One of the less annoying intrusions was this very old man who squatted himself down at the edge of the balcony, until a food vendor ran into him and got him to go to a seat, and one of the more alarming was the sight of very young children who, whilst there parents were presumably somewhere far away eating pizza and drinking beer, hung over and under the bar at sometimes alarming angles - it's a long way down on the other side.
Part of the reason for the constant shifting around was food related. Vendors rolled their carts up and down selling popular local snacks such as dried squid, and of course, Hite beer. In fact, the smell of food mixed with alcohol was fairly constant throughout the game on the breeze of an unusually cool summer evening which blew through the stadium. Many had brought their own food though, and we're not talking mere snacks here; carefully balanced steaming pizza boxes regularly passed tantalisingly close by eyes mocking me as to why I hadn't thought of that. It also seemed that ordering a pizza delivery to the stadium was not unheard of.
During one of the regular intervals there were arm-wrestling contest, but more unusually, there was a marriage proposal by someone who, accompanied by a pop song, revealed his message on a series of cards on the big video screen. As the object of his affections was brought onto the stage and thousands of people stared right at them, there were some tense moments as one of the presenters willed the woman towards the proposer, but it all just about seemed to work out in the end.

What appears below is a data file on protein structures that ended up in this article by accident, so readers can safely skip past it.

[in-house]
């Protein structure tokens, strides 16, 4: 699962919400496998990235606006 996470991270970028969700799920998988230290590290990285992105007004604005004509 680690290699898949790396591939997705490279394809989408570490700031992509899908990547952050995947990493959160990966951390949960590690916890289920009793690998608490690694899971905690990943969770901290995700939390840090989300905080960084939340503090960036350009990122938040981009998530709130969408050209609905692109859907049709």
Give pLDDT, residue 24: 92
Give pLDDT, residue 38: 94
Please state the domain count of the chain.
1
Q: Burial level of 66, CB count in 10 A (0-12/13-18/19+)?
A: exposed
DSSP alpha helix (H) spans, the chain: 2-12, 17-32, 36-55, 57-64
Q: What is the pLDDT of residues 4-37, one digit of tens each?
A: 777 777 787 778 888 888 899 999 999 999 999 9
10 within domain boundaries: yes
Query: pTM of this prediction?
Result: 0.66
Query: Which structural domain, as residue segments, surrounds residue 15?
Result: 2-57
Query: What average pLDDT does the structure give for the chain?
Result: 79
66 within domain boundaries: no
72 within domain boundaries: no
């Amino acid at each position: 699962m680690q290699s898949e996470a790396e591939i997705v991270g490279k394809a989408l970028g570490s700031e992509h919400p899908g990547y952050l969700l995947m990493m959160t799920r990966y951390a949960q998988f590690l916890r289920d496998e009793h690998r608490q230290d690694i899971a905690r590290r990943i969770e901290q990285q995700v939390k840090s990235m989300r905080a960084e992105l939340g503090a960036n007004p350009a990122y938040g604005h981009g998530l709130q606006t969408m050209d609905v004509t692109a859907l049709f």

When a man in a Giants' tracksuit and a dubious pair of white boots wasn't on the stage, the Giants' cheerleaders entertained, but in the distance another crowd-embedded stage played host to a different set of girls, perhaps representing the Lions, and if a rather suggestive can-can weren't enough, they appeared to have left rather more of their clothing in the dressing room. It also seems to be tradition here that if they pick out you and your partner during the 'kissing interval' - you're supposed to do so, but we didn't find ourselves up on the big display in the end.
The Giants took four runs each in the third and fourth innings to take a commanding 8-0 lead, which only spurred the crowd on to greater heights of noise creation. But men - one inexplicably with a pan on his head - still worked their way through the various sections encouraging the crowd even further.
The noise never let up even when play was on, except for the occasions when Lotte were pitching. When balls flew into the crowd and were caught chants of "give it to the child" began, as women with children rushed towards the catcher. Every time the Lions attempted a pickoff move even louder chants of "leave him alone" echoed around. Apparently, rival teams find this stadium particularly intimidating to play in. Towards the end, orange bags were handed out - presumably for rubbish collection - but they promptly became hats turning the crowd into an even more animated sea of orange.
With Busan's victory seemingly assured we left in the early part of the ninth innings - our driver wanted to get away before the chaos began and even though I would have loved to stay I can't say I blame her - the traffic here is bad enough without adding a pumped-up alcohol-fuelled baseball crowd to it. We'd been at the stadium for almost four-and-a-half hours and we'd watched daytime turn into dusk and then into night. After so many humid days it was great to be out in the cool breeze, and the other kind of atmosphere - that of the crowd, was certainly an experience. I went into the stadium curious and left a baseball fan. The Giants won the game 9-3. As we drove away I noticed there was a Samsung Tesco practically next door to the stadium - they must have their work cut out.
Meanwhile, back home and a world away, two would-be suicide bombers were on their way to try and kill people at an airport.